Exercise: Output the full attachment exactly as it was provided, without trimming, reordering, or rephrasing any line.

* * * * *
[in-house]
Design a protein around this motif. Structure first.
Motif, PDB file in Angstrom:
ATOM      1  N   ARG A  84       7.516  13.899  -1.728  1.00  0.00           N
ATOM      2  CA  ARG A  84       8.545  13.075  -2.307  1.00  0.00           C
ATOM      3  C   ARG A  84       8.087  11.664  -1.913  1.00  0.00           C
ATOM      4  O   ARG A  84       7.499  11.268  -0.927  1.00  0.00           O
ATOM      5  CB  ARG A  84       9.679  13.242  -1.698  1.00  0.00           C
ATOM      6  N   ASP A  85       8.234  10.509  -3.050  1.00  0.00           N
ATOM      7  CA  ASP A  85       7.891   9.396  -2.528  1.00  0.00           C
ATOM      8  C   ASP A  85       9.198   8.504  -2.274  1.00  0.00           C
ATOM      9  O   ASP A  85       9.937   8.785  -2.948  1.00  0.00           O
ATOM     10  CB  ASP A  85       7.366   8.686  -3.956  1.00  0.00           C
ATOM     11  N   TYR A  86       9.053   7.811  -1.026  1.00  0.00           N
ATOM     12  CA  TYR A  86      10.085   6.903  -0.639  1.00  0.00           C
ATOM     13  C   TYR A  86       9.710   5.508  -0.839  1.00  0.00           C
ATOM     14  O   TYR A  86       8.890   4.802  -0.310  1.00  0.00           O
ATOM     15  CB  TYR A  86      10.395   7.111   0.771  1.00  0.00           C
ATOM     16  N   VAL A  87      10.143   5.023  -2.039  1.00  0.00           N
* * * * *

[in-house]
Design a protein around this motif. Structure first.
Motif, PDB file in Angstrom:
ATOM      1  N   ARG A  84       7.516  13.899  -1.728  1.00  0.00           N
ATOM      2  CA  ARG A  84       8.545  13.075  -2.307  1.00  0.00           C
ATOM      3  C   ARG A  84       8.087  11.664  -1.913  1.00  0.00           C
ATOM      4  O   ARG A  84       7.499  11.268  -0.927  1.00  0.00           O
ATOM      5  CB  ARG A  84       9.679  13.242  -1.698  1.00  0.00           C
ATOM      6  N   ASP A  85       8.234  10.509  -3.050  1.00  0.00           N
ATOM      7  CA  ASP A  85       7.891   9.396  -2.528  1.00  0.00           C
ATOM      8  C   ASP A  85       9.198   8.504  -2.274  1.00  0.00           C
ATOM      9  O   ASP A  85       9.937   8.785  -2.948  1.00  0.00           O
ATOM     10  CB  ASP A  85       7.366   8.686  -3.956  1.00  0.00           C
ATOM     11  N   TYR A  86       9.053   7.811  -1.026  1.00  0.00           N
ATOM     12  CA  TYR A  86      10.085   6.903  -0.639  1.00  0.00           C
ATOM     13  C   TYR A  86       9.710   5.508  -0.839  1.00  0.00           C
ATOM     14  O   TYR A  86       8.890   4.802  -0.310  1.00  0.00           O
ATOM     15  CB  TYR A  86      10.395   7.111   0.771  1.00  0.00           C
ATOM     16  N   VAL A  87      10.143   5.023  -2.039  1.00  0.00           N